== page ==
A vintage train runs through the nearby Pichi Richi Pass, and visitors can try rock-climbing at Warren Gorge. Further north is the small township of Hawker, which is the popular access point to the main attraction of the Flinders, Wilpena Pound. Wilpena is one of Australia's most significant Aboriginal heritage areas, and is enclosed in the Flinders Ranges National Park. Rock engravings can be viewed at Sacred Canyon and there are many bushwalks to be enjoyed.
Coober Pedy, the opal mining town located in the harsh Outback of South Australia, about 540 miles (850km) north of Adelaide, operates largely underground. Homes, a church, a potte…
Coober Pedy, the opal mining town located in the harsh Outback of South Australia, about 540 miles (850km) north of Adelaide, operates largely underground. Homes, a church, a pottery studio and various businesses consist of 'dugouts', which have been built by the locals to escape the intense heat of this harsh region. Coober Pedy is recognised as the largest producer of opals in the world, and more than 100,000 tourists from around the world make the long pilgrimage to this unique town every year. The town features a working mine with a museum and shop for visitors, who can opt to stay in the Desert Cave Hotel underground. The town is located beside the Stuart Highway, Highway 87, which provides plenty of refuelling spots on the route from Adelaide in the south or Alice Springs in the north. It is also possible to reach the town by air or by bus.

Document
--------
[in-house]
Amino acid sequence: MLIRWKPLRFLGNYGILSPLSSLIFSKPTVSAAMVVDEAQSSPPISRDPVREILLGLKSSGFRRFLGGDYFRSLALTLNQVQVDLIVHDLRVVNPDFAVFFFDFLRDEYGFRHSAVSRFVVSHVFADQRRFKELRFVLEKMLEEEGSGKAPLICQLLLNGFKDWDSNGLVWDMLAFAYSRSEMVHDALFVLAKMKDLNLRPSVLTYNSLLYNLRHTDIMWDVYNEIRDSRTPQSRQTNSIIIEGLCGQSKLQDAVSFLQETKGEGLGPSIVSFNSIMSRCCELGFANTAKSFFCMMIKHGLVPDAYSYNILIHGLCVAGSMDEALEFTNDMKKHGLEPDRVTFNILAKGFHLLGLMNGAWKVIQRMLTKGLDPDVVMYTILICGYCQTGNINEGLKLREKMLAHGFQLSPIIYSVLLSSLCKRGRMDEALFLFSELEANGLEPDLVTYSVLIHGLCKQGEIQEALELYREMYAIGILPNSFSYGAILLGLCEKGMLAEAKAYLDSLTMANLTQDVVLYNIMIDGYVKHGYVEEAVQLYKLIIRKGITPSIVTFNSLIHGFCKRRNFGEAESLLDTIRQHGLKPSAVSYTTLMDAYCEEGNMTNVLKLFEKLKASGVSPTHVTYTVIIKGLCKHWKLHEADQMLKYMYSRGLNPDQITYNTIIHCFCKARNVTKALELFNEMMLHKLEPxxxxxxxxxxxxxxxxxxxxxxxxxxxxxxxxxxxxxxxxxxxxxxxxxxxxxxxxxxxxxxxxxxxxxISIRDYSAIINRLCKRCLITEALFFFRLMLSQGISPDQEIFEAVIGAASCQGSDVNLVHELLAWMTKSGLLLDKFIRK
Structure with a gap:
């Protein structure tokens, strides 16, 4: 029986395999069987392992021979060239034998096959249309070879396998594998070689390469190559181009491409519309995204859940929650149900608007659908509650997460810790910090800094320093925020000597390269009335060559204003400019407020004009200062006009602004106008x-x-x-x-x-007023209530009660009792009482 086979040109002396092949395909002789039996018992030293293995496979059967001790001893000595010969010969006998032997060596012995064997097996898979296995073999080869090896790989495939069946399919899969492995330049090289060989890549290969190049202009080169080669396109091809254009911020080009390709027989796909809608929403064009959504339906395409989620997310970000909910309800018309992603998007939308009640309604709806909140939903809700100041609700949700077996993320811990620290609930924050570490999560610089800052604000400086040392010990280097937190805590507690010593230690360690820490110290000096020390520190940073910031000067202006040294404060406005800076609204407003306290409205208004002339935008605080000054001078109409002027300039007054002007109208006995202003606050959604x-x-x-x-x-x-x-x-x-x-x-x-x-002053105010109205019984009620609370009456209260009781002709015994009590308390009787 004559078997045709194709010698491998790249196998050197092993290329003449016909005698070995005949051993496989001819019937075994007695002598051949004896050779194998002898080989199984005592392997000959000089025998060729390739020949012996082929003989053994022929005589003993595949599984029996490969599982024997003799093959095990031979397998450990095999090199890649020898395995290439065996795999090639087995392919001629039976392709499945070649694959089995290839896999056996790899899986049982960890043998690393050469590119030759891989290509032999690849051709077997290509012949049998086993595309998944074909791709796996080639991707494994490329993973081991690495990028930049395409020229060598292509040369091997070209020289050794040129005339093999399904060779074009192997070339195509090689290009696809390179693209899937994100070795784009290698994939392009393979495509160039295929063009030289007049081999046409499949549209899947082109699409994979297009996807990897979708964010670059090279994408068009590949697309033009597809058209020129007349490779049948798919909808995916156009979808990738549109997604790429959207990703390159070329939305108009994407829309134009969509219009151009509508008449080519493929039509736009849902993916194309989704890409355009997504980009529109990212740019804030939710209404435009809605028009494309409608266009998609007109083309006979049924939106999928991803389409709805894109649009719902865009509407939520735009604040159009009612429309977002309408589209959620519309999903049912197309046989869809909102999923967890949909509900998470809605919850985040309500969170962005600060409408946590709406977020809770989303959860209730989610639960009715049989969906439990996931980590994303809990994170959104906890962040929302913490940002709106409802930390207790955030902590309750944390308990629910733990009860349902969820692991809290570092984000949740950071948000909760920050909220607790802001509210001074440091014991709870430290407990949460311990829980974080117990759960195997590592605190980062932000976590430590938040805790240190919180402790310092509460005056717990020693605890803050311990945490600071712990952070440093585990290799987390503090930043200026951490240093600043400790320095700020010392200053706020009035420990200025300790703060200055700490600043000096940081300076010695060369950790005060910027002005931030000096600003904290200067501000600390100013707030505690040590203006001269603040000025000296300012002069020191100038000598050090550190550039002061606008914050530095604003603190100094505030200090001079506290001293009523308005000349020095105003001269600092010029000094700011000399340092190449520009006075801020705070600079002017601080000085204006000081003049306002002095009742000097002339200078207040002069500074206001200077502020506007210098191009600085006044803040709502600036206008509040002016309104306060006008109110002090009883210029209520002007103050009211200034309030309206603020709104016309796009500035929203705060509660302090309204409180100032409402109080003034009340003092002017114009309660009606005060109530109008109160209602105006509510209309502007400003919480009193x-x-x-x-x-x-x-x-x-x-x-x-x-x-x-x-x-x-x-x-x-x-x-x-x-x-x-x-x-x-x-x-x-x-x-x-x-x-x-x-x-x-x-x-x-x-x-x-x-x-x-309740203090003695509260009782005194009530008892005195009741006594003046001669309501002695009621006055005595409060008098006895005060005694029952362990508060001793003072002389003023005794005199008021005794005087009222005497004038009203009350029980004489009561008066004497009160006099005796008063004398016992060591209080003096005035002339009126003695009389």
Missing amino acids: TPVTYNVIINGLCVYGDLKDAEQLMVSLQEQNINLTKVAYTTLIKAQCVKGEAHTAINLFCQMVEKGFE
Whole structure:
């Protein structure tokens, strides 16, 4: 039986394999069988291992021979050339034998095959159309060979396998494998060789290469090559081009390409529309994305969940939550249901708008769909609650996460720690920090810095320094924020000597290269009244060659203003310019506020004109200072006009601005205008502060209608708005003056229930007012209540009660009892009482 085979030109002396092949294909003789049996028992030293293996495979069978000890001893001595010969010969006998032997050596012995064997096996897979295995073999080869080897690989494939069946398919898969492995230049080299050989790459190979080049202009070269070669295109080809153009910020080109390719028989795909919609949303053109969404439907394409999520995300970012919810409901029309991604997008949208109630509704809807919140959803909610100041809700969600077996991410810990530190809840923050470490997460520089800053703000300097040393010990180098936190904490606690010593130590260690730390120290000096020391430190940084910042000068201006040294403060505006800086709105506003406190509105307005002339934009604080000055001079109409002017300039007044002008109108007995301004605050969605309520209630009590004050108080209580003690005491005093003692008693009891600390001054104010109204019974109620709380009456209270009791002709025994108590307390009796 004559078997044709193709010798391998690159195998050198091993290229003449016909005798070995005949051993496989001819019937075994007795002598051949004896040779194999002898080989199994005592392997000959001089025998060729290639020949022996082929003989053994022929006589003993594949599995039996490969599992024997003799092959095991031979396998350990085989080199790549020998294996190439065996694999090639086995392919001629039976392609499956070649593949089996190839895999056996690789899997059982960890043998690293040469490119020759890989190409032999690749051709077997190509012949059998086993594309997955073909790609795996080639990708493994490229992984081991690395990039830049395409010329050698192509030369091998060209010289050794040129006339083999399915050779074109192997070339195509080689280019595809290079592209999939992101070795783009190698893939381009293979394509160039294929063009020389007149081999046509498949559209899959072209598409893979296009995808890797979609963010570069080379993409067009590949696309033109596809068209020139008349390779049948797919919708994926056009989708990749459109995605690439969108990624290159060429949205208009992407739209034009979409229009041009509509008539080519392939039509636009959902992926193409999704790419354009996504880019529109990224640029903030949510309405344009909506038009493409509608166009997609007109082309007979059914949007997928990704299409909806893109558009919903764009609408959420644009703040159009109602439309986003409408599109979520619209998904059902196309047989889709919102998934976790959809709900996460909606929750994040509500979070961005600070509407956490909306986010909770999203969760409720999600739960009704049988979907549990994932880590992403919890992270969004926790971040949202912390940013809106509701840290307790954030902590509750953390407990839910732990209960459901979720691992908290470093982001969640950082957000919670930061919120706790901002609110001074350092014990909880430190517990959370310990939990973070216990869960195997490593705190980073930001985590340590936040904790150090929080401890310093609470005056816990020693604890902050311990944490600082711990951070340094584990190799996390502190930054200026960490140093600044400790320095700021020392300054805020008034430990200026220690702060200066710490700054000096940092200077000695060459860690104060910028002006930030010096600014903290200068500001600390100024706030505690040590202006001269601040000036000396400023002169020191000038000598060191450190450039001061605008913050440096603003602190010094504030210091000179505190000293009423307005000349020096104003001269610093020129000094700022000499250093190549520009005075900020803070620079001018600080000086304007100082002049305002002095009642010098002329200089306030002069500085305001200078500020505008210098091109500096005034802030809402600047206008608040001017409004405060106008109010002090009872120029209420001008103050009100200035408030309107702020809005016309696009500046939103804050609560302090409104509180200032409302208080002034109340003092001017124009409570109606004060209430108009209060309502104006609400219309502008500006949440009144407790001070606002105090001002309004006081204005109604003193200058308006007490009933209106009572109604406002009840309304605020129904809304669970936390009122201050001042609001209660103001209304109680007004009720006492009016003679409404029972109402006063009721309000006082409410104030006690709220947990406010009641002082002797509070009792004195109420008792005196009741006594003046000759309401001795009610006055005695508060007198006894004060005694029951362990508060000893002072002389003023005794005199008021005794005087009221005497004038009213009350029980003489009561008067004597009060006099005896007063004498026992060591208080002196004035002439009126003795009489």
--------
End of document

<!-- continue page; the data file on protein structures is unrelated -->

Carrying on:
The Barossa Valley is an hour's ride from Adelaide and is South Australia's premier winemaking region. About 50 wineries operate in the valley, which is blessed with hot dry summer…
The Barossa Valley is an hour's ride from Adelaide and is South Australia's premier winemaking region. About 50 wineries operate in the valley, which is blessed with hot dry summers, loamy soil and good winter rainfall. The heart of the valley is the town of Tanunda, which features relics of the valley's German heritage in its museum. A lookout at Mengler's Hill, near the town, provides spectacular views of the valley, or visitors can opt for a balloon flight when weather permits.
The Barossa Wine Centre serves 70,000 visitors a year and is the perfect place to find out the story of the valley, its people and culture. A bi-annual festival, the Barossa Vintage Festival, offers visitors the opportunity for some off-beat entertainment such as treading grapes, waving at scarecrows, mushroom-hunting and watching floats travel down Tanunda's main street. Other events and festivals are held throughout the year.
South Australia's other major wine-growing areas are Clare Valley, Eden Valley, Coonawarra, McLaren Vale and Adelaide Hills, and each of them produces a very distinct and unique type of wine. Barossa and Eden Valley are famous for their extraordinary Shiraz wines, while the Clare Valley and the Adelaide Hills produce rich Chardonnays and dry Rieslings. The wines found in the McLaren Vale area are more medium-bodied with a spicier, more savory taste; Cabernet Sauvignon is the shining star of the Coonawarra region.